Initially, 5 mg once daily (Max: 20 mg once daily).
Active liver disease: Contraindicated.
May be taken with or without food.
Active liver disease, including unexplained, persistent elevations of serum transaminases; myopathy. Severe renal impairment (CrCl <30 mL/min). Pregnancy and lactation.
Patient with hypothyroidism; history of hereditary muscular disorders or muscular toxicity with another HMG-CoA reductase inhibitor or fibrates; excessive alcohol consumption, history of liver disease, severe respiratory failure. Patients of Asian ancestry, those with predisposing factors to myopathy or those taking concomitant ciclosporin, gemfibrozil, atazanavir/ritonavir, lopinavir/ritonavir, or simeprevir. Patient with SLCO1B1 and ABCG2 polymorphism. Moderate renal impairment (CrCl 30-60 mL/min). Children and elderly.
Significant: Myopathy, myalgia, diabetes mellitus, haematuria, proteinuria, interstitial lung disease, liver enzyme abnormalities, increased creatine phosphokinase levels. Blood and lymphatic system disorders: Rarely, thrombocytopenia. Gastrointestinal disorders: Abdominal pain, constipation, nausea. General disorders and administration site conditions: Asthenia. Hepatobiliary disorders: Rarely, pancreatitis, hepatitis, jaundice. Immune system disorders: Hypersensitivity (e.g. angioedema). Musculoskeletal and connective tissue disorders: Rarely, arthralgia, muscle rupture, Lupus-like syndrome. Nervous system disorders: Dizziness, headache, peripheral neuropathy. Psychiatric disorders: Depression, sleep disorders (e.g. insomnia, nightmares). Reproductive system and breast disorders: Rarely, gynaecomastia. Skin and subcutaneous tissue disorders: Pruritus, rash, urticaria. Potentially Fatal: Rarely, rhabdomyolysis with acute renal failure secondary to myoglobinuria, hepatic failure.
Obtain lipid panel (HDL, LDL, total cholesterol, triglycerides) prior to therapy, then every 4-12 weeks after initial therapy and every 3-12 months thereafter; LFT prior to therapy and as needed thereafter; creatine phosphokinase when myopathy is considered or in high-risk patients.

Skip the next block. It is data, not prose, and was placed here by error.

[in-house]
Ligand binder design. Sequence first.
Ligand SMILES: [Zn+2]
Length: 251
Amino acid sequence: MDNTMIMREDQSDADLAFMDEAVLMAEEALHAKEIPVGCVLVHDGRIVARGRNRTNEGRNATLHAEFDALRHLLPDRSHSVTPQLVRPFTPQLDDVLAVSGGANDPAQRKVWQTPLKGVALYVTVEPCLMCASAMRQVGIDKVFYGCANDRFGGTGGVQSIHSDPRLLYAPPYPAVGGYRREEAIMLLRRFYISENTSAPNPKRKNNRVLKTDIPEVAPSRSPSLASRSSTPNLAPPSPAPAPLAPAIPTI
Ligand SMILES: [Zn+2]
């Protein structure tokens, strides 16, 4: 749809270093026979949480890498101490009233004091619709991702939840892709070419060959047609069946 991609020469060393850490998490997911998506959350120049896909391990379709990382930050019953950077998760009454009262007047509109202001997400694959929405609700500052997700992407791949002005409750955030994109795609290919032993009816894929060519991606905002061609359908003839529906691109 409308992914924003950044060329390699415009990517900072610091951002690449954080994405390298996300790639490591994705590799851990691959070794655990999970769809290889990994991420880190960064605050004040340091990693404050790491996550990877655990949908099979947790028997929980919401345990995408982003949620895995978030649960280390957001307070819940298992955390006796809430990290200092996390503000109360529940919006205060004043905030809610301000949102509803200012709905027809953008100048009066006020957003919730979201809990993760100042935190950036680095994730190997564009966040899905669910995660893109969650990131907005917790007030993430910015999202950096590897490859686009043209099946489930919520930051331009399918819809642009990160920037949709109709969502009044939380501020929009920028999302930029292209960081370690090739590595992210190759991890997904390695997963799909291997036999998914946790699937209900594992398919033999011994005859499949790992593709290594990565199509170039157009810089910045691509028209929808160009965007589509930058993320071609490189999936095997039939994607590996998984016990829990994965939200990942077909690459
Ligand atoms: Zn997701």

Increased exposure with certain protease inhibitors (e.g. ritonavir-boosted regimens, simeprevir), gemfibrozil, ezetimibe, ciclosporin, colchicine. Decreased plasma concentration with Al- and Mg-containing antacids, erythromycin. May increase INR when given with vit K antagonists (e.g. warfarin). May increase the plasma concentration of oral contraceptives. May increase risk of myopathy with concurrent use of strong CYP3A4 inhibitors (e.g. clarithromycin, itraconazole), fenofibrate, nicotinic acid.
Description: Mechanism of Action: Rosuvastatin selectively and competitively inhibits 3-hydroxy-3-methylglutaryl coenzyme A (HMG-CoA) reductase, the rate-limiting enzyme in cholesterol synthesis. It increases the number of hepatic LDL receptors on the cell surface, thereby enhancing the uptake and catabolism of LDL. It also decreases apolipoprotein B, triglyceride and increases HDL concentrations. Onset: Within 1 week. Pharmacokinetics: Absorption: Incompletely absorbed from the gastrointestinal tract. Time to peak plasma concentration: 3-5 hours. Bioavailability: Approx 20%. Distribution: Enters breast milk. Volume of distribution: 134 L. Plasma protein binding: Approx 90%, mainly to albumin. Metabolism: Limited metabolism in the liver via CYP2C9 isoenzyme into N-desmethyl (approx 50% less active) and lactone metabolites (inactive). Excretion: Via faeces (approx 90%, mainly as unchanged drug); urine (approx 5%, as unchanged drug). Elimination half-life: Approx 19 hours.